Updated on
Written by HCHW Writers

Asbestos is any one of six related mineral fibers that occur naturally in the Earth’s crust. These fibers are strong, flexible, and incredibly heat- and corrosion-resistant, qualities that led to asbestos’ historical use in thousands of products. Asbestos use was generally phased out in the 1970s, though it continues to be used today in a few items like brake pads.

Asbestos is not hazardous when left intact. It only becomes a health threat when its individual fibers get loose and become airborne. These microscopic fibers are easily inhaled deep into the lungs. Once there, they can cause asbestosis (a scarring of the lungs) and pulmonary fibrosis. They can also dramatically increase the risk for lung cancers, including a particularly virulent form called mesothelioma.

While few if any consumer products are still made with asbestos, it can be a serious problem when older products that contain it degrade or are disturbed. Products of chief concern are:

  • roofing materials
  • siding
  • vinyl floor tiles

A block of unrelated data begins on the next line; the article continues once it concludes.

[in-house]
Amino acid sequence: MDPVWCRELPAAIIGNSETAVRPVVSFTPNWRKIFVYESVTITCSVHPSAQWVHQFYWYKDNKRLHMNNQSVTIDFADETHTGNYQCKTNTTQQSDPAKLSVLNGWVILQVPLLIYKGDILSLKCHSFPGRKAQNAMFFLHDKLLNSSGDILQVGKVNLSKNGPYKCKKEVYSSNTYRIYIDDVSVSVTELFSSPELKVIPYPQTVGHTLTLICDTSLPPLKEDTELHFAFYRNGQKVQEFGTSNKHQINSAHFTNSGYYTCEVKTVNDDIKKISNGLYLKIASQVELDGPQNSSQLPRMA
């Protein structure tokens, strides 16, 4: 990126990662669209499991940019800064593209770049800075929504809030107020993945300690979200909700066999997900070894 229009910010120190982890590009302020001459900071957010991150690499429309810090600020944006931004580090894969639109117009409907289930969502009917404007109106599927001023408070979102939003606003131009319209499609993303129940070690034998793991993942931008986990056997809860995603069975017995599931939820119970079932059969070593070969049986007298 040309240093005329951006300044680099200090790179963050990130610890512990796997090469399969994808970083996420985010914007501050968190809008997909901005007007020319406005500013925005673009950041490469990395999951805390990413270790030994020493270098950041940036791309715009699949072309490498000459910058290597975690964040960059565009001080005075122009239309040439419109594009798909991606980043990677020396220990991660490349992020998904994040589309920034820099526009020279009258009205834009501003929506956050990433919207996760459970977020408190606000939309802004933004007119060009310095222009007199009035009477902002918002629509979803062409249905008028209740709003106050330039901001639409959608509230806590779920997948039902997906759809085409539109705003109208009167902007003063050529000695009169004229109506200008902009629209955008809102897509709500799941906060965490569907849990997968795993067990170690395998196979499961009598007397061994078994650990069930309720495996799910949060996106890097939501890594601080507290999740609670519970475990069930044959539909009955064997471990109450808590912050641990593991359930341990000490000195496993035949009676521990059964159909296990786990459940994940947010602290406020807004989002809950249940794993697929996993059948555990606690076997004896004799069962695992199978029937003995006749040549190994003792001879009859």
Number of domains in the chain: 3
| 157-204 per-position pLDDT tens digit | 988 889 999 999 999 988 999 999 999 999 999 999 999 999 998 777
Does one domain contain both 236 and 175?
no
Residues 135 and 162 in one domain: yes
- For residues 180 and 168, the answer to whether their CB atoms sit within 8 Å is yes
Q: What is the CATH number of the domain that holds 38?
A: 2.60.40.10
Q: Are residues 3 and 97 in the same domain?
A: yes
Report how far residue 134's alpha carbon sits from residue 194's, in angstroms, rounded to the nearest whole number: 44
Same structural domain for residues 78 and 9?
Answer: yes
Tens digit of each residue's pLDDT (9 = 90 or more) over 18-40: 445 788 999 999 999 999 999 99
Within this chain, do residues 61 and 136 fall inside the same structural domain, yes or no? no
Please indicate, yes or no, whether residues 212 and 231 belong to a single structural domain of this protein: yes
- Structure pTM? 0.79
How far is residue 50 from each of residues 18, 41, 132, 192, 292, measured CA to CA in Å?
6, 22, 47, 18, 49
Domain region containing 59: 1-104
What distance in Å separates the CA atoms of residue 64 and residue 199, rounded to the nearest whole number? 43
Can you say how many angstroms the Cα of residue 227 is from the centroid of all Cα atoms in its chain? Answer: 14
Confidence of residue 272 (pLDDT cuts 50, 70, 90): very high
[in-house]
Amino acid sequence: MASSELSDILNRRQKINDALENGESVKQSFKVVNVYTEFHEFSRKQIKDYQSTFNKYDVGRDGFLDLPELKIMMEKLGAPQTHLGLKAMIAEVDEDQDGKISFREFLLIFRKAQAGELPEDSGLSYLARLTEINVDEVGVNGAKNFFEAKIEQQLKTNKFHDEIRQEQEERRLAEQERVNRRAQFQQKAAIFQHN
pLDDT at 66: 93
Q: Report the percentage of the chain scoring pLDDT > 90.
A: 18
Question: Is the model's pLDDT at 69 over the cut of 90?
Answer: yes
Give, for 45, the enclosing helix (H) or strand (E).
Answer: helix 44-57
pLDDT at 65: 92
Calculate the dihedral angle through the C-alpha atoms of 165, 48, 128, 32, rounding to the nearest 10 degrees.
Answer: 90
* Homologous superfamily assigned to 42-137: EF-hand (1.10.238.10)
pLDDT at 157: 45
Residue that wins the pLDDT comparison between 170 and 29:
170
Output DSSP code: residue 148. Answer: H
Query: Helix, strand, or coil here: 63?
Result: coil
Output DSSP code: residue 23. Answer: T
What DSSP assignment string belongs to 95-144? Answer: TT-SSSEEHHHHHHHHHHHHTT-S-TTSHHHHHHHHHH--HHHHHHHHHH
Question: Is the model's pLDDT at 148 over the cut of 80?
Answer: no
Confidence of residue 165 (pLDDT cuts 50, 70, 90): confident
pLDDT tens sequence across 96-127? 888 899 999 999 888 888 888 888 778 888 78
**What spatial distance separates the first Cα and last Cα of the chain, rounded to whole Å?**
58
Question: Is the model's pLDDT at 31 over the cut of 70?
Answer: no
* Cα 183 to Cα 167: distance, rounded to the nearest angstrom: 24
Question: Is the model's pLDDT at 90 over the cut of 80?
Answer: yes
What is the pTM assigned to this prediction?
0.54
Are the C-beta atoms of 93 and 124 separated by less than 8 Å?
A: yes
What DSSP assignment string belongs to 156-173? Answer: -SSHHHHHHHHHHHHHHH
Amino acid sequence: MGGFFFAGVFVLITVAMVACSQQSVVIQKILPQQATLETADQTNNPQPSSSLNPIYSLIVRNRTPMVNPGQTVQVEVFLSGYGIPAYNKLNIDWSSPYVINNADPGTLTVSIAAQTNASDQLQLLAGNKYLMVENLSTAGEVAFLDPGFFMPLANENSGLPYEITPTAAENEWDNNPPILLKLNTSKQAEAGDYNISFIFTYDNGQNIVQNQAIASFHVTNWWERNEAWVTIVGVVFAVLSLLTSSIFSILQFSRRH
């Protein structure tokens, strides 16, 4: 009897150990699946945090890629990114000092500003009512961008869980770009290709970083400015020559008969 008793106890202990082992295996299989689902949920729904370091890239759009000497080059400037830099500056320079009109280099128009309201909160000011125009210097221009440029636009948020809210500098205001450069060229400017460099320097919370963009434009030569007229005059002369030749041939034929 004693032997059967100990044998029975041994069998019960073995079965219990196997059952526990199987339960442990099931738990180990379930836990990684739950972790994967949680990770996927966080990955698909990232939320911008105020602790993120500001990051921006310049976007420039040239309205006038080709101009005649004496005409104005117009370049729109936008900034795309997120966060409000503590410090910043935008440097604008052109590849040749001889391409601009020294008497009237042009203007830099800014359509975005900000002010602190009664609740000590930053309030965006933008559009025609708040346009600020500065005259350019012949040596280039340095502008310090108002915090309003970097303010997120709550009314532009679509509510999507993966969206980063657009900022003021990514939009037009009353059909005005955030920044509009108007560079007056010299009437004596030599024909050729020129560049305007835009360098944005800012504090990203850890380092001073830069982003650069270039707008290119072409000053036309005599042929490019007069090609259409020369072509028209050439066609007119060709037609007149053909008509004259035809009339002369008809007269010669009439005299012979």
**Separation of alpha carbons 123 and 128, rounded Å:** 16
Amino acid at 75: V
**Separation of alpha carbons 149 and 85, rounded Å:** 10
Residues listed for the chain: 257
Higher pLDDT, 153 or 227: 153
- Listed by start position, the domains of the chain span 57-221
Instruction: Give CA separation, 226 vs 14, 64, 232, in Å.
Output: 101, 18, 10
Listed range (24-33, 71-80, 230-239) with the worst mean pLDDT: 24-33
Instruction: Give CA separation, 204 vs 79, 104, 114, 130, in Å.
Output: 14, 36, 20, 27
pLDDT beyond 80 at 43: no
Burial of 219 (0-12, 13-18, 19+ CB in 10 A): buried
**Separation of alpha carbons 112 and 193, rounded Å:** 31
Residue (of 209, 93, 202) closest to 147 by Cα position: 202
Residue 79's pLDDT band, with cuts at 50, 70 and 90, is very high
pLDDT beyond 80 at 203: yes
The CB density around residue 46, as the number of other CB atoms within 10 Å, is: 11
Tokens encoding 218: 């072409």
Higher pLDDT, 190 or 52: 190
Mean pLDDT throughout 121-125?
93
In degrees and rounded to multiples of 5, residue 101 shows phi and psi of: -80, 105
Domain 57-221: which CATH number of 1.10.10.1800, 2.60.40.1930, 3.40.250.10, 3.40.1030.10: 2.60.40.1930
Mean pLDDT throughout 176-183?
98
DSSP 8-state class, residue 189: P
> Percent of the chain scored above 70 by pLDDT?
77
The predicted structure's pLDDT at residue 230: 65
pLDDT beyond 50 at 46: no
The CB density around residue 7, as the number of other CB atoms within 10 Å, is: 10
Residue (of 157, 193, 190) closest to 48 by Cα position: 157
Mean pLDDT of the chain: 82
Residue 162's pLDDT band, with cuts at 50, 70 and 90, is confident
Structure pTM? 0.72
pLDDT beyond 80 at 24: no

• fire-resistant gloves
  • fireproofing materials
  • soundproofing materials
  • texturized paints
  • clothes dryers
  • hair dryers
  • ironing boards

In addition, some products can be contaminated by asbestos because they are obtained from mineral deposits that also contain it. Of chief concern are talc, from which talcum powder is made, and vermiculite, which is found in potting soils and similar products. These products should be avoided and substituted with safer versions. Cornstarch, for example, is a good substitute for talcum powder.

If you suspect a product contains asbestos but aren’t certain, treat it as if it does. Materials in good condition should be left undisturbed. If a renovation or repair is planned, sampling and testing of suspected asbestos-containing building materials is advisable.

If you see signs of asbestos deterioration, such as gray dust near degraded insulation, tiles, texturized paint or other home building materials or consumer products, contact an asbestos professional to have samples collected and tested. Never attempt to test for, handle, or remediate asbestos yourself. Do not sweep, dust, or vacuum where asbestos fibers may be present. Always refer all suspected asbestos problems to a licensed expert. And certainly don’t let children play near suspect materials.

+ Sources

Health Canal avoids using tertiary references. We have strict sourcing guidelines and rely on peer-reviewed studies, academic researches from medical associations and institutions. To ensure the accuracy of articles in Health Canal, you can read more about the editorial process here